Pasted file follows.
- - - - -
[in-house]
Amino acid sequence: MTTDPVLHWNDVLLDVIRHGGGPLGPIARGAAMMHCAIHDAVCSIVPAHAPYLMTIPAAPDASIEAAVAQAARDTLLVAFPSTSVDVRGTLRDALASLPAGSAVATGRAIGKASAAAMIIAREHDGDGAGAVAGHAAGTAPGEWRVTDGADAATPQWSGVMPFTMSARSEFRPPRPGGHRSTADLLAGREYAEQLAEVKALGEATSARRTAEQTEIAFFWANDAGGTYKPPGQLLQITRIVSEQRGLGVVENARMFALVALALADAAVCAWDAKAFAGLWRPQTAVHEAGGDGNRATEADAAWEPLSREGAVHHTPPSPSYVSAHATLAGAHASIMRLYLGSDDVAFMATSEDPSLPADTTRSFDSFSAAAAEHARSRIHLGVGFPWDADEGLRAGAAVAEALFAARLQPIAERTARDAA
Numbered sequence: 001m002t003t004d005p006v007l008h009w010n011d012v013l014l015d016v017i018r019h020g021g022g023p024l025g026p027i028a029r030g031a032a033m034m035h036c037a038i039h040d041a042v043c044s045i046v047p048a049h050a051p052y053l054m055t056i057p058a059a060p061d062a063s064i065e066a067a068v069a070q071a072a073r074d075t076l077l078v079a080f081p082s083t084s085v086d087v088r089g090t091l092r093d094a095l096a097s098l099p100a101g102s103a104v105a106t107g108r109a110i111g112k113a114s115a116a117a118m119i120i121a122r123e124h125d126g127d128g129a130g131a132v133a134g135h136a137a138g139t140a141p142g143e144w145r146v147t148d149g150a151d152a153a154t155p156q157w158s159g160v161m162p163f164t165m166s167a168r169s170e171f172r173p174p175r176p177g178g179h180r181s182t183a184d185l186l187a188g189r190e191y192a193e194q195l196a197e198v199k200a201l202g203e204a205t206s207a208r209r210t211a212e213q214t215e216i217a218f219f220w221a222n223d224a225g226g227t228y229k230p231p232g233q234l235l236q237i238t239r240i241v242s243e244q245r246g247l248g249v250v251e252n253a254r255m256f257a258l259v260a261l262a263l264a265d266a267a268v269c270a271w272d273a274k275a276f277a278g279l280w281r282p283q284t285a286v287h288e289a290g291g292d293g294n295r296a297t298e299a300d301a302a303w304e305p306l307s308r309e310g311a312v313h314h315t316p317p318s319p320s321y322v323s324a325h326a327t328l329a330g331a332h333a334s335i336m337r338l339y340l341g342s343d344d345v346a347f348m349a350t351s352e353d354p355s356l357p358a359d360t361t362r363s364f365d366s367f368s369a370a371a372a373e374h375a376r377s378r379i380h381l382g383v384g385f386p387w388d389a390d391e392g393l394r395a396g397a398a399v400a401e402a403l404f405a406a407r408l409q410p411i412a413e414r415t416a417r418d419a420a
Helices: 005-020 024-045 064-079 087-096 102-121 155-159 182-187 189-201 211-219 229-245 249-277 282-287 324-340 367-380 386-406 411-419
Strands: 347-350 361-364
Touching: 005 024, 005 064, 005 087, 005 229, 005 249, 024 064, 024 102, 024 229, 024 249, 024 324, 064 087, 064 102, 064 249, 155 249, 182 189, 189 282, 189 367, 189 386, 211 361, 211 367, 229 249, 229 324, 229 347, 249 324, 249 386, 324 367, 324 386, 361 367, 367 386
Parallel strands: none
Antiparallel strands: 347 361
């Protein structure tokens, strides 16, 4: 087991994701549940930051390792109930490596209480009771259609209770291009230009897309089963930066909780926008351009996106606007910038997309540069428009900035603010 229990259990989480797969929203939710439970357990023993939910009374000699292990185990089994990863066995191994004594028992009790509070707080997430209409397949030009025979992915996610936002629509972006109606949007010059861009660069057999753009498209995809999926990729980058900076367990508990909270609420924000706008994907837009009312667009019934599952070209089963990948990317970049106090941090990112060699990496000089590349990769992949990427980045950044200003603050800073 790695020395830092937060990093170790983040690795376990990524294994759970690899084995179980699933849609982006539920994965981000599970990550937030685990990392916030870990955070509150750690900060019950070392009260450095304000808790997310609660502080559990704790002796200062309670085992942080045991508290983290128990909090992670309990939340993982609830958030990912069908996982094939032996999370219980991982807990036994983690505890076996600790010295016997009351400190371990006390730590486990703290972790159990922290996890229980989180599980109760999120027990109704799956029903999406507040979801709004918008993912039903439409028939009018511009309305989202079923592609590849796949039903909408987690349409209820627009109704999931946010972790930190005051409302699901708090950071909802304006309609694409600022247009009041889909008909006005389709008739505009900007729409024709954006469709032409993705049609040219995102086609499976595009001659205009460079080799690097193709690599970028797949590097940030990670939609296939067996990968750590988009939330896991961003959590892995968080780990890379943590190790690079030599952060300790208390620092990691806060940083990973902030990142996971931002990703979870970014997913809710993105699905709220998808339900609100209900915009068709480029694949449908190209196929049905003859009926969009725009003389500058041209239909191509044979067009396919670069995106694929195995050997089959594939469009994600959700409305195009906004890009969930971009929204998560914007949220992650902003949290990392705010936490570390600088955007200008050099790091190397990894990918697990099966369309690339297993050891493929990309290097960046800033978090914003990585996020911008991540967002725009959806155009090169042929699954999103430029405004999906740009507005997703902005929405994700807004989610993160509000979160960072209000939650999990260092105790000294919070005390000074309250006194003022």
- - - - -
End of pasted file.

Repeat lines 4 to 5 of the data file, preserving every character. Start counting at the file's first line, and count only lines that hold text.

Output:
Helices: 005-020 024-045 064-079 087-096 102-121 155-159 182-187 189-201 211-219 229-245 249-277 282-287 324-340 367-380 386-406 411-419
Strands: 347-350 361-364